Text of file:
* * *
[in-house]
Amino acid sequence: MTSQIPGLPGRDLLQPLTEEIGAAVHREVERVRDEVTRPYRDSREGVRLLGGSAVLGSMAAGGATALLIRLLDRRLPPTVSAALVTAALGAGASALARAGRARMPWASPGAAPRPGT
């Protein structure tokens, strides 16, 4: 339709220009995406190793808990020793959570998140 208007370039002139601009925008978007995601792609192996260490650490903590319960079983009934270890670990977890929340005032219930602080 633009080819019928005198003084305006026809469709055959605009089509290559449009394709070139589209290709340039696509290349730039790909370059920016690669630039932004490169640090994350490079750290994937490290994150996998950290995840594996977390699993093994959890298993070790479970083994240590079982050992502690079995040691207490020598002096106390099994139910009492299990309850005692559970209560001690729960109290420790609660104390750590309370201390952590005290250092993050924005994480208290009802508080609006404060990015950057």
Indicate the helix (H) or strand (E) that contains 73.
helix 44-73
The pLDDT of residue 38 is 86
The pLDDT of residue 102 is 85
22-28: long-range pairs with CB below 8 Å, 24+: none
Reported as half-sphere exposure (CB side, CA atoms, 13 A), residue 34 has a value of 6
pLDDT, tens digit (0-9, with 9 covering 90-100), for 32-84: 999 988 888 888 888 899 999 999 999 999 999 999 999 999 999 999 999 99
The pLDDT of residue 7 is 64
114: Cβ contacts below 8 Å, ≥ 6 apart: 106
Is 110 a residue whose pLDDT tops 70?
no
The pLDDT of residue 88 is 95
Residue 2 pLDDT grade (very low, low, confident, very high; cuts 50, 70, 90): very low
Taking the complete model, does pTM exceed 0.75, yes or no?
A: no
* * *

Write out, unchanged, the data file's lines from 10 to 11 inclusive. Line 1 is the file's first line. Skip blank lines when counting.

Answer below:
pLDDT, tens digit (0-9, with 9 covering 90-100), for 32-84: 999 988 888 888 888 899 999 999 999 999 999 999 999 999 999 999 999 99
The pLDDT of residue 7 is 64